04 November 2003

Freedom of choice as the only good

Here is Orthodox theologian David B. Hart on the nihilism threatening a society where choice takes priority over all other social goods:

We live in an age whose chief moral value has been determined, by overwhelming consensus, to be the absolute liberty of personal volition, the power of each of us to choose what he or she believes, wants, needs, or must possess; our culturally most persuasive models of human freedom are unambiguously voluntarist and, in a rather debased and degraded way, Promethean; the will, we believe, is sovereign because unpremised, free because spontaneous, and this is the highest good. And a society that believes this must, at least implicitly, embrace and subtly advocate a very particular moral metaphysics: the unreality of any “value” higher than choice, or of any transcendent Good ordering desire towards a higher end. Desire is free to propose, seize, accept or reject, want or not want—but not to obey. Society must thus be secured against the intrusions of the Good, or of God, so that its citizens may determine their own lives by the choices they make from a universe of morally indifferent but variably desirable ends, unencumbered by any prior grammar of obligation or value (in America, we call this the “wall of separation”). Hence the liberties that permit one to purchase lavender bed clothes, to gaze fervently at pornography, to become a Unitarian, to market popular celebrations of brutal violence, or to destroy one’s unborn child are all equally intrinsically “good” because all are expressions of an inalienable freedom of choice. But, of course, if the will determines itself only in and through such choices, free from any prevenient natural order, then it too is in itself nothing. And so, at the end of modernity, each of us who is true to the times stands facing not God, or the gods, or the Good beyond beings, but an abyss, over which presides the empty, inviolable authority of the individual will, whose impulses and decisions are their own moral index.

This lopsided focus on choice has concrete political consequences, as I have pointed out in chapter 2 of Political Visions and Illusions in discussing the fifth and most recent stage of liberalism, which embraces the choice-enhancement state. Here the state claims a benign neutrality amongst all personal preferences in a variety of areas.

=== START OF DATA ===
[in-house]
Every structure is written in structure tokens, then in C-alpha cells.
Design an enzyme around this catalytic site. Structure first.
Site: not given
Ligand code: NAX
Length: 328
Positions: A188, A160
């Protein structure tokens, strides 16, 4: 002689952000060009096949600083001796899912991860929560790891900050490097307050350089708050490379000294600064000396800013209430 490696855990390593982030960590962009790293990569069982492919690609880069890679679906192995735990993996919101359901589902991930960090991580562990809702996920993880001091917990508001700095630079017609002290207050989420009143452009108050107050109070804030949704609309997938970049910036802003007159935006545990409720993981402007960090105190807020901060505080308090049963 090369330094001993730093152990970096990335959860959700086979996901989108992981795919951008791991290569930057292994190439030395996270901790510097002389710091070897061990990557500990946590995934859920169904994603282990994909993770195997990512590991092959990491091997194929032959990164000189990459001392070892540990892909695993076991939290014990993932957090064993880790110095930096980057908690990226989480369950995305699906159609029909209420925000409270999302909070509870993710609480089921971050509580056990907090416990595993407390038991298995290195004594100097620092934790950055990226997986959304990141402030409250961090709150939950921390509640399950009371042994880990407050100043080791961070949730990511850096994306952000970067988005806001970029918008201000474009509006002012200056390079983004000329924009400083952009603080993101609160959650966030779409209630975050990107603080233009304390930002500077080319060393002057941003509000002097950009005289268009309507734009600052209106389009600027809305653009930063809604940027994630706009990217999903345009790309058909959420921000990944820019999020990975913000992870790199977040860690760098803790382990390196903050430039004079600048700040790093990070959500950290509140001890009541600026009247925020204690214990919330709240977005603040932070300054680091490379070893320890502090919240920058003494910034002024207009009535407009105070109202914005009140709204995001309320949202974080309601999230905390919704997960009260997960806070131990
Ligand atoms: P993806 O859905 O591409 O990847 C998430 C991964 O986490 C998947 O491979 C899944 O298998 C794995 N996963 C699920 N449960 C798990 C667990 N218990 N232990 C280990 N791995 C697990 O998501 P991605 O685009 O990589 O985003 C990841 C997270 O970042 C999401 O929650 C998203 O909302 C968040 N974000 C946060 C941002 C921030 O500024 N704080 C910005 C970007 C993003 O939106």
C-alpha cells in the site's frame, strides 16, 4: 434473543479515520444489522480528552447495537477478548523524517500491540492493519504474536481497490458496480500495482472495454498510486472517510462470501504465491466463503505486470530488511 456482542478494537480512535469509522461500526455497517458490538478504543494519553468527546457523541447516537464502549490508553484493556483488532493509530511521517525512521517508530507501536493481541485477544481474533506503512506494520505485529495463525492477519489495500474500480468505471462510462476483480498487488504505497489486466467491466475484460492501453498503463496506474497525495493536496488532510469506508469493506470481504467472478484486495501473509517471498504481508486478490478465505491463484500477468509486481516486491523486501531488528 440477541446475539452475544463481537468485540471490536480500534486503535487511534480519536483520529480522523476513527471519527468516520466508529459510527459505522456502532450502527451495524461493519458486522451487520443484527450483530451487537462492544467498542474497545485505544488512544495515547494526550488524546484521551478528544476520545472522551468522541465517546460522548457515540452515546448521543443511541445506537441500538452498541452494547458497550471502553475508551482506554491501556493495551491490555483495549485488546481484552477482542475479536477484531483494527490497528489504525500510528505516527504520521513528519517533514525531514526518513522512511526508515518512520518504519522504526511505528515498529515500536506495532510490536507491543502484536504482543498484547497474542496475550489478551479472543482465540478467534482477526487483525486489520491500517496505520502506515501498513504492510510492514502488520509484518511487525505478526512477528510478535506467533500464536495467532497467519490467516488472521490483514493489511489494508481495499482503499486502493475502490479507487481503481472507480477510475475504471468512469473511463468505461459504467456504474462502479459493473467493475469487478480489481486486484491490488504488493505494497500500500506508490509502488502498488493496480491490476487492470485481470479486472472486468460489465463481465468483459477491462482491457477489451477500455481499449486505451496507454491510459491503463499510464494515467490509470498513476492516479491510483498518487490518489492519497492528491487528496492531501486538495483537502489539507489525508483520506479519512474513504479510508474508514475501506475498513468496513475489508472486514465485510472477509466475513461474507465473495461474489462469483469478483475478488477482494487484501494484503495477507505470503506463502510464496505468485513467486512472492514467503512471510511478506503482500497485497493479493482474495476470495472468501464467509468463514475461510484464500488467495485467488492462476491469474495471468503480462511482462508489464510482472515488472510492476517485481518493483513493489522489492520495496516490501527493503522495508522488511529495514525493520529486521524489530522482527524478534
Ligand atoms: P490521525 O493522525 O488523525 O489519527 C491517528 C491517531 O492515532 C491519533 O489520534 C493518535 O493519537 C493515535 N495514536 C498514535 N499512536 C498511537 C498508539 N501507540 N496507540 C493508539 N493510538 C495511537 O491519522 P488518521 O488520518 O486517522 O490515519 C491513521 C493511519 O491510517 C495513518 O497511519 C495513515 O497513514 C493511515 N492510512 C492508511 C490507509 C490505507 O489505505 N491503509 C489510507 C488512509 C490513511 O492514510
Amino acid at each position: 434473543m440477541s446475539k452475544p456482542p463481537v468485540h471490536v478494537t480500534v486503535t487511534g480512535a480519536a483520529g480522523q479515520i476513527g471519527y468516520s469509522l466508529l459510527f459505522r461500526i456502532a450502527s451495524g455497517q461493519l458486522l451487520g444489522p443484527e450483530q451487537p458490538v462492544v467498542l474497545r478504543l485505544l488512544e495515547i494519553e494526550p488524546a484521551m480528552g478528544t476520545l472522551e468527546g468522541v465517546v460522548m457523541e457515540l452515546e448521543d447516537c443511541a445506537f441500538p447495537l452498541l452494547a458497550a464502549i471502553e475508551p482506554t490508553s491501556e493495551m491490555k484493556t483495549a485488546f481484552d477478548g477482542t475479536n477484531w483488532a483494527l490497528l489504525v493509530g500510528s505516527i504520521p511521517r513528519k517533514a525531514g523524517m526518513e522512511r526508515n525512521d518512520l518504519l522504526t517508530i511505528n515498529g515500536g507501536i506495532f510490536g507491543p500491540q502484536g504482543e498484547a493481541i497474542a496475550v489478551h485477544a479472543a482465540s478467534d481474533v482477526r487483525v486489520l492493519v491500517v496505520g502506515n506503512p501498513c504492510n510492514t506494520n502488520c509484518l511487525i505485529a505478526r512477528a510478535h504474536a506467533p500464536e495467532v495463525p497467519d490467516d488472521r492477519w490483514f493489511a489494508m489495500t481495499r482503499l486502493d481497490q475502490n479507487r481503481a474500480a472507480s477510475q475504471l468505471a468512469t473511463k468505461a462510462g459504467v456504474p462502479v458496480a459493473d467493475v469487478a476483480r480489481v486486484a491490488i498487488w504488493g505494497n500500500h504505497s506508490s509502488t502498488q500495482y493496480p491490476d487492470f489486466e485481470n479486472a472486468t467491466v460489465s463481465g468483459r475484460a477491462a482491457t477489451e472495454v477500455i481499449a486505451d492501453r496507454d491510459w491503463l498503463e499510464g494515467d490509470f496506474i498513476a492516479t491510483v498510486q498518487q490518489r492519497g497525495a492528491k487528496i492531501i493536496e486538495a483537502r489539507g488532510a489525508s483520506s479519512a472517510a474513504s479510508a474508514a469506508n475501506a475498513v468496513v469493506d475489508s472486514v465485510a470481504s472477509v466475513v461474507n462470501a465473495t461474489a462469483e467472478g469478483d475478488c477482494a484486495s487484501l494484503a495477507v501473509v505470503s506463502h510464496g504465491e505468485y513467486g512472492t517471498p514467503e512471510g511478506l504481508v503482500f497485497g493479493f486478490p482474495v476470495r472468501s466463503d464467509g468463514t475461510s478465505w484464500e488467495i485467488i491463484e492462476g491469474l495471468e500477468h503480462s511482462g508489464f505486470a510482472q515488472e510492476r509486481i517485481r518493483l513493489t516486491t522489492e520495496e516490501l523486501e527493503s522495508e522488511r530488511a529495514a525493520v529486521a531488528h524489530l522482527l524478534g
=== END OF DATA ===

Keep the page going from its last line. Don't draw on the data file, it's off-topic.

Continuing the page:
Because the individual citizens are sovereign and because, further, individual preferences differ from one person to the next, the state must refrain from favouring one person’s preferences over another’s. It must simply establish the broad procedural framework within which individuals are enabled to pursue their chosen goals. In a political community containing Christians, Jews, theosophists, agnostics, golfers and sado-masochists, the state refrains from passing judgement on the goodness of any of these worldviews and/or proclivities and acts simply as referee. . . .

This means that what is conventionally called “legislating morality” is not to be admitted in the liberal state. Though not all professed liberals wish to see prostitutes and pornographers allowed to pursue freely their respective trades, there is a pronounced inclination in most to leave such matters to the workings of the market and to refrain from legislating a particular moral conception of, say, proper sexuality. . . .

But at this point fifth-stage liberalism encounters a dilemma. While the liberal state is supposed to refrain from judging the goodness of people’s choices and while it claims a benign neutrality towards the various options lying before its citizens, it cannot overlook the unequal consequences following from the exercise of these choices. . . .

When these undesirable consequences do indeed occur, rather than acknowledge that the quest to validate all lifestyle choices equally is a utopian one doomed to failure, fifth-stage liberals increasingly call on government to ameliorate, if not altogether eliminate, such consequences so they can continue to engage in this fruitless quest. This inevitably leads to an expansion in the scope of government that is difficult to contain within any boundaries whatever. As George F. Will observes, “The fundamental goal of modern liberalism has been equality, and it has given us government that believes in the moral equality of appetites. The result is a government that is big but not strong; fat but flabby; capable of giving but not leading.” This is the liberalism so often castigated by self-styled conservatives in the United States and Canada. Rather than calling on citizens to live up to their commitments and to fulfil their responsibilities throughout the range of communal contexts, this final stage of liberalism demands that government effectively subsidize irresponsible behaviour for fear that doing otherwise risks making government into a potentially oppressive legislator of the good life (pp. 61-64).

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